Send to

Choose Destination
JACC Cardiovasc Interv. 2014 Sep;7(9):969-80. doi: 10.1016/j.jcin.2014.04.011.

Outcomes after emergency percutaneous coronary intervention in patients with unprotected left main stem occlusion: the BCIS national audit of percutaneous coronary intervention 6-year experience.

Author information

Cardiology Department, Oxford Heart Centre, Oxford University Hospitals, Oxford, United Kingdom.
Cardiology Department, Oxford Heart Centre, Oxford University Hospitals, Oxford, United Kingdom; George Institute for Global Health, University of Oxford, Oxford, United Kingdom.
Clinical Trials Service Unit, University of Oxford, Oxford, United Kingdom.
Department of Cardiology, University Hospital Birmingham, Birmingham, United Kingdom.
Cardiology Department, Oxford Heart Centre, Oxford University Hospitals, Oxford, United Kingdom. Electronic address:



This study sought to evaluate in-hospital outcomes and 3-year mortality of patients presenting with unprotected left main stem occlusion (ULMSO) treated with primary percutaneous coronary intervention (PPCI).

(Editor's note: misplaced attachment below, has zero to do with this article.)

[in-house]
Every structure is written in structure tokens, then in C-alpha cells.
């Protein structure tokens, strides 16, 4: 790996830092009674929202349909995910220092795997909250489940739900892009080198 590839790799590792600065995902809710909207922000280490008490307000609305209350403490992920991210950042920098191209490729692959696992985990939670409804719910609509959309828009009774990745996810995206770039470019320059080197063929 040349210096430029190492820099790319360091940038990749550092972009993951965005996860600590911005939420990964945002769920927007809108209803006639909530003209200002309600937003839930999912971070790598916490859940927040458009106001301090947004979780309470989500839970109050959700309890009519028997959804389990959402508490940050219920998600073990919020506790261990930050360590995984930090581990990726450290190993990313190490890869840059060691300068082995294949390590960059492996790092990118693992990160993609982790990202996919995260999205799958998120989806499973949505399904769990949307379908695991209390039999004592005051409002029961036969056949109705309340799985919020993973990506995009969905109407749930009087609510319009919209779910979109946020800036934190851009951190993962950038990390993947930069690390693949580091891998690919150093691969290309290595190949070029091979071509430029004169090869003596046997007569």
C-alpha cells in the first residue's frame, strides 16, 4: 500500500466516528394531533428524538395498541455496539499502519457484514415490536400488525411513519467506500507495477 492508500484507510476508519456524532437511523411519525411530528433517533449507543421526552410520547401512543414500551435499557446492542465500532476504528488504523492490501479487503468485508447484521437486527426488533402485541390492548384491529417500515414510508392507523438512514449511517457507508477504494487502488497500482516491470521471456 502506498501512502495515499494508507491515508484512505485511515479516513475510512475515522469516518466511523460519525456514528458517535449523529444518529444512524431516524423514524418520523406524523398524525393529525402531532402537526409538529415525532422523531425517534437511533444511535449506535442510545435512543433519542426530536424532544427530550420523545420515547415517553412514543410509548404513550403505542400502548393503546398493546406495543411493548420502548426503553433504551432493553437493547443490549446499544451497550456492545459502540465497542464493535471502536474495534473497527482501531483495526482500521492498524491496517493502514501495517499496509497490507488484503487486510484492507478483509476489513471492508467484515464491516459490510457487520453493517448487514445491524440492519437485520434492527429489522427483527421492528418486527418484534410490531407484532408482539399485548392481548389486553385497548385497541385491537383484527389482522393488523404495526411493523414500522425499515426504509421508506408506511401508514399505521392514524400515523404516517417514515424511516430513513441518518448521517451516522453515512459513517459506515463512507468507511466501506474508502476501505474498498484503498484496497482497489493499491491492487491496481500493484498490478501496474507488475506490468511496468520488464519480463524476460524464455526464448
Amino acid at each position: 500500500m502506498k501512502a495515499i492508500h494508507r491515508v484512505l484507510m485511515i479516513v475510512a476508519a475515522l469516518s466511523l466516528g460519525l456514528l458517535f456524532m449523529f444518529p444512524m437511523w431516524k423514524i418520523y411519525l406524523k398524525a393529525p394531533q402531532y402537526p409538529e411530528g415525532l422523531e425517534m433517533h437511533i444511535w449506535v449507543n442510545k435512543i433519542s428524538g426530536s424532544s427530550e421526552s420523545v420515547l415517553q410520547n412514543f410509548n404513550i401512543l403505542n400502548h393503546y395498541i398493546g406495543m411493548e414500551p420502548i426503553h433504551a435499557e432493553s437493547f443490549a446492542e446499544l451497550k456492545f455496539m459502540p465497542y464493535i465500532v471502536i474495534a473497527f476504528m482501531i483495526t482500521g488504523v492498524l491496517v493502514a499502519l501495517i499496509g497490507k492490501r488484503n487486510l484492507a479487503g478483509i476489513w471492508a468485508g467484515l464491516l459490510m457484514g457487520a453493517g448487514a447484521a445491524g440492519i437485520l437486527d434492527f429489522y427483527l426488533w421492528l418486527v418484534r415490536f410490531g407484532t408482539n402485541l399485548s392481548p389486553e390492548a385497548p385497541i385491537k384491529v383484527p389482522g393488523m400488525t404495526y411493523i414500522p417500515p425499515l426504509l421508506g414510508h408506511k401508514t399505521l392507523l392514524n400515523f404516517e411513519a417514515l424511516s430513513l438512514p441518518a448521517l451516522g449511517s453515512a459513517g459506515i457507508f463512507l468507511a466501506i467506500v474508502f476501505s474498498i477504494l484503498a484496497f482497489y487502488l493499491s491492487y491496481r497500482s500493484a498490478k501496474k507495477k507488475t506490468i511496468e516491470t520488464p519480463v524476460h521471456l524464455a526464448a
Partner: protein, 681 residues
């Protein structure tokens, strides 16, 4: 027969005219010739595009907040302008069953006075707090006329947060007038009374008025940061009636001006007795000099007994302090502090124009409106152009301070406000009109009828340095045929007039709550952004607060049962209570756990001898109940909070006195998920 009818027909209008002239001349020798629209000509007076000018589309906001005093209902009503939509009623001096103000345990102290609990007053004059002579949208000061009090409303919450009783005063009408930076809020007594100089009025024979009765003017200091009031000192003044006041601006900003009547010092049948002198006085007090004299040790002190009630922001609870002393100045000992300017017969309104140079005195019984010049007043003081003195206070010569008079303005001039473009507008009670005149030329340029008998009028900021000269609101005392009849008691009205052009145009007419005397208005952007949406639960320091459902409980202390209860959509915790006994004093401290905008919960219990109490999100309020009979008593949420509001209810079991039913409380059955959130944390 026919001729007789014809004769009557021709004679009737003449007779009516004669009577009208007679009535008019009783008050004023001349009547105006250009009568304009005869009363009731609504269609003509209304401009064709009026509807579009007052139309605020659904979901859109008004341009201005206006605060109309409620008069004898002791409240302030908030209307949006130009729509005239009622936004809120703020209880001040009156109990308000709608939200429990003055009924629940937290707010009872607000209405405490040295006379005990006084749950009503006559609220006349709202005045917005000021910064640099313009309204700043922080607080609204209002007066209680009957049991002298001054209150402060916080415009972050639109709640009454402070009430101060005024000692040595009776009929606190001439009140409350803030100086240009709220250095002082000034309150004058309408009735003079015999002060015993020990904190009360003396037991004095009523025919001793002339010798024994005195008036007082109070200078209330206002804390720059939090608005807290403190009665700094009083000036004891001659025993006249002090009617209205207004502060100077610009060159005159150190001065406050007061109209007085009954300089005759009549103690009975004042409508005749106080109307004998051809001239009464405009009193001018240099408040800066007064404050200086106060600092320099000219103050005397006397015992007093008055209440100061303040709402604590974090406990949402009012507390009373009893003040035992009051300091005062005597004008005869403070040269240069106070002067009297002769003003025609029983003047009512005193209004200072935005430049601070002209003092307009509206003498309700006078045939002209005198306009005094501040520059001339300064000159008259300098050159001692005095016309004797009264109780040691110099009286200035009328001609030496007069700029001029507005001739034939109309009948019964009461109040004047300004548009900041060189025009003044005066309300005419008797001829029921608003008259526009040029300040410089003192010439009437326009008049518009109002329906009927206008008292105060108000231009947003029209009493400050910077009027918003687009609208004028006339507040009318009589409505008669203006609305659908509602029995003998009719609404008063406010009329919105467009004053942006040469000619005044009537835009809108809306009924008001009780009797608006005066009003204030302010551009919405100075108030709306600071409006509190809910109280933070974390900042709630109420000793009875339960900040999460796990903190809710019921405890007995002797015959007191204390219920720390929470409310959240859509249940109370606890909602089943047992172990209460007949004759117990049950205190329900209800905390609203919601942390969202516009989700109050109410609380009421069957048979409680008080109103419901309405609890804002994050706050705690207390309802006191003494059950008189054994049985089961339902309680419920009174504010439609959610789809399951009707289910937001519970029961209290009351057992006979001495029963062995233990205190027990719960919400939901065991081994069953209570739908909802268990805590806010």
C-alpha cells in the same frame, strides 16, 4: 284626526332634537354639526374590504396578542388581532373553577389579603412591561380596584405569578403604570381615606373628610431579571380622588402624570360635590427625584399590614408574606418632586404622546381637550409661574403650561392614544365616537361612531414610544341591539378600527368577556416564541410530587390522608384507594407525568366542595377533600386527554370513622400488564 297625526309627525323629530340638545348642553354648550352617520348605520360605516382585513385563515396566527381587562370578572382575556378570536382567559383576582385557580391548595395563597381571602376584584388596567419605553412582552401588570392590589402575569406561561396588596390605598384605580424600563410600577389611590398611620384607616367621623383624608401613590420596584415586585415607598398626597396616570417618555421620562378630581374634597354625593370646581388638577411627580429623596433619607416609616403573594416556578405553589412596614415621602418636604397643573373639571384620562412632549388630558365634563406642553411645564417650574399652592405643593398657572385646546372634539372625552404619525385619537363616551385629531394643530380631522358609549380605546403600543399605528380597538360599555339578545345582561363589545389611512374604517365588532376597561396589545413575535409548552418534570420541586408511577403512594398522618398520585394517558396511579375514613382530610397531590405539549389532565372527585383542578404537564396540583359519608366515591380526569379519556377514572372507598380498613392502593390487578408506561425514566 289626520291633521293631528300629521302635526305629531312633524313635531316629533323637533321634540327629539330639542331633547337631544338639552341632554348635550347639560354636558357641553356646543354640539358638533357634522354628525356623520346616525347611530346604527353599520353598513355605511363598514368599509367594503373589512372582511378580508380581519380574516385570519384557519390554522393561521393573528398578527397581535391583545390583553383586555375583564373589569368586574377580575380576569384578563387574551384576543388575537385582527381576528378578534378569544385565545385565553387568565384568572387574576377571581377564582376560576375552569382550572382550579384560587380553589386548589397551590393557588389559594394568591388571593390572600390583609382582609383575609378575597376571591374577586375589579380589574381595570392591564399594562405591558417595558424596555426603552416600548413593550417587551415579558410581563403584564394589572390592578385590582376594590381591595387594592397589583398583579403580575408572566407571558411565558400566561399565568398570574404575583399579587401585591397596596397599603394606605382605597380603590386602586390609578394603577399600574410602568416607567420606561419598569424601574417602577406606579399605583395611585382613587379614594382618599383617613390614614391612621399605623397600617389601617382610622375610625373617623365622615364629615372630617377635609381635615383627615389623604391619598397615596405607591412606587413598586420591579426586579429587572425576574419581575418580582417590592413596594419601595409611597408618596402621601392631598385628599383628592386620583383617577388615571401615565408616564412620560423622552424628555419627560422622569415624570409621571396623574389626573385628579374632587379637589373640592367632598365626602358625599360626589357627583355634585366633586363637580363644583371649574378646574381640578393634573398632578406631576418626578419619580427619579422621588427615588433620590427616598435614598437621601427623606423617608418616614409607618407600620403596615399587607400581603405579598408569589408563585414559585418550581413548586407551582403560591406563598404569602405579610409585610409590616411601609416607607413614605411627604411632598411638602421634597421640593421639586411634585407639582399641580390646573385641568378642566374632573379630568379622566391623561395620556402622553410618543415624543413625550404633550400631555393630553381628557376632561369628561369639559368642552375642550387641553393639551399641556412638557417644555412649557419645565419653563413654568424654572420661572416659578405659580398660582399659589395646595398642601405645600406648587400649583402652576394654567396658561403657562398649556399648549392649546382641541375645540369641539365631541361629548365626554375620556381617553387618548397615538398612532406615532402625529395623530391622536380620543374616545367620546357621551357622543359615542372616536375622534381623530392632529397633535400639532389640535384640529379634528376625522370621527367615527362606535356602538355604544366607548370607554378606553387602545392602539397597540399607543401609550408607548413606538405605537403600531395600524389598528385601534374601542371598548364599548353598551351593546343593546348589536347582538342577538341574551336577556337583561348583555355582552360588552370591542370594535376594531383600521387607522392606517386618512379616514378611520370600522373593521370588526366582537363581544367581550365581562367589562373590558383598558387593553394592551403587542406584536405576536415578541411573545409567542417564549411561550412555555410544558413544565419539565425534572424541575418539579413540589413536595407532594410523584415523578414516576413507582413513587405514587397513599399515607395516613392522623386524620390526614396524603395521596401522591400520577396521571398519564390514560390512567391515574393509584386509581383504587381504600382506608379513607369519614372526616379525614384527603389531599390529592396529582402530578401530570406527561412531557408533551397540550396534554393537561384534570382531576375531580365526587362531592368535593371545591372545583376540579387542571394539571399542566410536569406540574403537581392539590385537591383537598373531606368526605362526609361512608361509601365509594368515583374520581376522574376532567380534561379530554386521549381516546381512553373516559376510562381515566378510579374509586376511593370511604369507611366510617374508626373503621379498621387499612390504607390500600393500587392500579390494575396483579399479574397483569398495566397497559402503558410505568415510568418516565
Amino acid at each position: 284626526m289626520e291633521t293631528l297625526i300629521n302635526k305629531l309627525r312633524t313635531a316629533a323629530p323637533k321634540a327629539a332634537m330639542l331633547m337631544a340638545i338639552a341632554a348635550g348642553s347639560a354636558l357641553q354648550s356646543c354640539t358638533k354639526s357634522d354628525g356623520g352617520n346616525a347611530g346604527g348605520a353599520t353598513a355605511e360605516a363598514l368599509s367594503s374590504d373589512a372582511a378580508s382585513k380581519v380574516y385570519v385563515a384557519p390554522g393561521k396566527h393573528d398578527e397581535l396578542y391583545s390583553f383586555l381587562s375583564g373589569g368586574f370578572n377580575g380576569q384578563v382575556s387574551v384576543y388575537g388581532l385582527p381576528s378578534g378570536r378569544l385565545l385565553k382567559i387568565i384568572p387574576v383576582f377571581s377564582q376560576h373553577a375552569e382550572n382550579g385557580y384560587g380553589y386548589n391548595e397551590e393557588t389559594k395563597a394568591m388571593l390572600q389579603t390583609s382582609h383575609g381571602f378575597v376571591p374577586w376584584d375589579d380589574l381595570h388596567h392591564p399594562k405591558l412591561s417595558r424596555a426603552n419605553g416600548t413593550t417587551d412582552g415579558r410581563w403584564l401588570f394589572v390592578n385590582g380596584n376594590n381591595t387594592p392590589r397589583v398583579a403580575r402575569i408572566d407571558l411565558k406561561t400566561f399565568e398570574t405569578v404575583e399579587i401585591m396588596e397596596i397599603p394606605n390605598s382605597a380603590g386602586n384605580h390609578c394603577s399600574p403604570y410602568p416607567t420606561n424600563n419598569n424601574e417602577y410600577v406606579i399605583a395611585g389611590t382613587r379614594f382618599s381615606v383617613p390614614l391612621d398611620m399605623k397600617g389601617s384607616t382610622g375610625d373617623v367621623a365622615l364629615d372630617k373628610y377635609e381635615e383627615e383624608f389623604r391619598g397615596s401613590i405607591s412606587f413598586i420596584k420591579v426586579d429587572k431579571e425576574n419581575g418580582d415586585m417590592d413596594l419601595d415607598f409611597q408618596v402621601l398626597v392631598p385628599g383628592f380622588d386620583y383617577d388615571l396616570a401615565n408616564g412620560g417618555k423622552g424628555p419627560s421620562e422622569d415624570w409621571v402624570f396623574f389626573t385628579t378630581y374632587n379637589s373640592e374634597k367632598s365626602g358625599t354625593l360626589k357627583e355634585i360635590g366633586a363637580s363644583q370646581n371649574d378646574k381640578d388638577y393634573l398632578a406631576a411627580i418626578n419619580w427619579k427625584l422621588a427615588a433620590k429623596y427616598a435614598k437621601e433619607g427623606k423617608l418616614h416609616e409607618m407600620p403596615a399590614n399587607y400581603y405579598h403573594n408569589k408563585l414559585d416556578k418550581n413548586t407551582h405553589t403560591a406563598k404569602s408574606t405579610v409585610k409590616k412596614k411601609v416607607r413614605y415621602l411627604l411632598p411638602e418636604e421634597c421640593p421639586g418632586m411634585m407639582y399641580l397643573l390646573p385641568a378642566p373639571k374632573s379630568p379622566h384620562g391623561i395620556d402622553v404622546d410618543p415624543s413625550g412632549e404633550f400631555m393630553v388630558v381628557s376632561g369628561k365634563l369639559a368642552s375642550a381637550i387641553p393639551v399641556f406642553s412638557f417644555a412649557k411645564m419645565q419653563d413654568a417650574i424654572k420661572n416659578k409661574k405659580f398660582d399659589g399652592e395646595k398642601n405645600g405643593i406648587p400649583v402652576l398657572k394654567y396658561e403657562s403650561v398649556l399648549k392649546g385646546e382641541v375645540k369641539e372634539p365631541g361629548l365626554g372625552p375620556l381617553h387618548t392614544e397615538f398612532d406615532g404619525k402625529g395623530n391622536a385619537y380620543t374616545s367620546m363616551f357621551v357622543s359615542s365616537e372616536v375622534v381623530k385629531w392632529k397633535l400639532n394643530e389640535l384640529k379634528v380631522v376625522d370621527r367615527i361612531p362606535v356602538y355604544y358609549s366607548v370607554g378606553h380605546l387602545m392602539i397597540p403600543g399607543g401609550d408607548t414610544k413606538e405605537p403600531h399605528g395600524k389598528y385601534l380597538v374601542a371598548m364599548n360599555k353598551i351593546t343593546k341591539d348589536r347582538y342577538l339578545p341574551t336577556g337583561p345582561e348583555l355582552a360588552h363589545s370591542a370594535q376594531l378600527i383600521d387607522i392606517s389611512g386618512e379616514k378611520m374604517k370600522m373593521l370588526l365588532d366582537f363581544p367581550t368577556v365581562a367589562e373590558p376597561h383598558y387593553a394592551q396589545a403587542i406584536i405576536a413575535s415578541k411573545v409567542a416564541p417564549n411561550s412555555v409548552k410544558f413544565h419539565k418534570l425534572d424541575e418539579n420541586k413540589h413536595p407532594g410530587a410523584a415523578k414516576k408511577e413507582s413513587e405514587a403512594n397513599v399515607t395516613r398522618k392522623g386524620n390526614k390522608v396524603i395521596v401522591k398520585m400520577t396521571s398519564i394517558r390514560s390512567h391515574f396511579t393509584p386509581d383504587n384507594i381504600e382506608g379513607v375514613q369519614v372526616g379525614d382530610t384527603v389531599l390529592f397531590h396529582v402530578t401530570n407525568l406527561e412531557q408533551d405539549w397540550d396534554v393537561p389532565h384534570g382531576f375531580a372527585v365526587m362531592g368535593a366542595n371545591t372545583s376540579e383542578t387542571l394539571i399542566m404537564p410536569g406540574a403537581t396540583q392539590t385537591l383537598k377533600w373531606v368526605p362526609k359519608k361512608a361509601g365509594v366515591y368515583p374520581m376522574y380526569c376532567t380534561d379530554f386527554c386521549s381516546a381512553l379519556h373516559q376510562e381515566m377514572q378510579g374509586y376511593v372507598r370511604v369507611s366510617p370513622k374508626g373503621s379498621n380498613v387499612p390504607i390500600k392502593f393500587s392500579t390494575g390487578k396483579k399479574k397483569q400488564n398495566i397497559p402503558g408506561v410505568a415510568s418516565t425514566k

Limited data exists about management and outcome following presentation with ULMSO.


From January 1, 2007 to December 21, 2012, 446,257 PCI cases were recorded in the British Cardiovascular Intervention Society database of all PCI cases in England and Wales. Of those, 568 were patients having emergency PCI for ST-segment elevation infarction (0.6% of all PPCI) who presented with ULMSO (TIMI [Thrombolysis In Myocardial Infarction] flow grade 0/1 and stenosis >75%), and they were compared with 1,045 emergency patients treated with nonocclusive LMS disease. Follow-up was obtained through linkage with the Office of National Statistics.


Presentation with ULMSO, compared with nonocclusive LMS disease, was associated with a doubling in the likelihood of periprocedural shock (57.9% vs. 27.9%; p < 0.001) and/or intra-aortic balloon pump support (52.5% vs. 27.2%; p < 0.001). In-hospital (43.3% vs. 20.6%; p < 0.001), 1-year (52.8% vs. 32.4%; p < 0.001), and 3-year mortality (73.9% vs 52.3%, p < 0.001) rates were higher in patients with ULMSO, compared with patients presenting with a patent LMS, and were significantly influenced by the presence of cardiogenic shock. ULMSO and cardiogenic shock were independent predictors of 30-day (hazard ratio [HR]: 1.61 [95% confidence interval (CI): 1.07 to 2.41], p = 0.02, and HR: 5.43 [95% CI: 3.23 to 9.12], p<0.001, respectively) and 3-year all-cause mortality (HR: 1.52 [95% CI: 1.06 to 2.17], p = 0.02, and HR: 2.98 [95% CI: 1.99 to 4.49], p < 0.001, respectively).


In patients undergoing PPCI for ULMSO, acute outcomes are poor and additional therapies are required to improve outcome. However, long-term outcomes for survivors of ULMSO are encouraging.


coronary occlusion; coronary thrombosis; myocardial infarction; percutaneous coronary intervention; shock

[Indexed for MEDLINE]
Free full text

Supplemental Content

Full text links

Icon for Elsevier Science
Loading ...
Support Center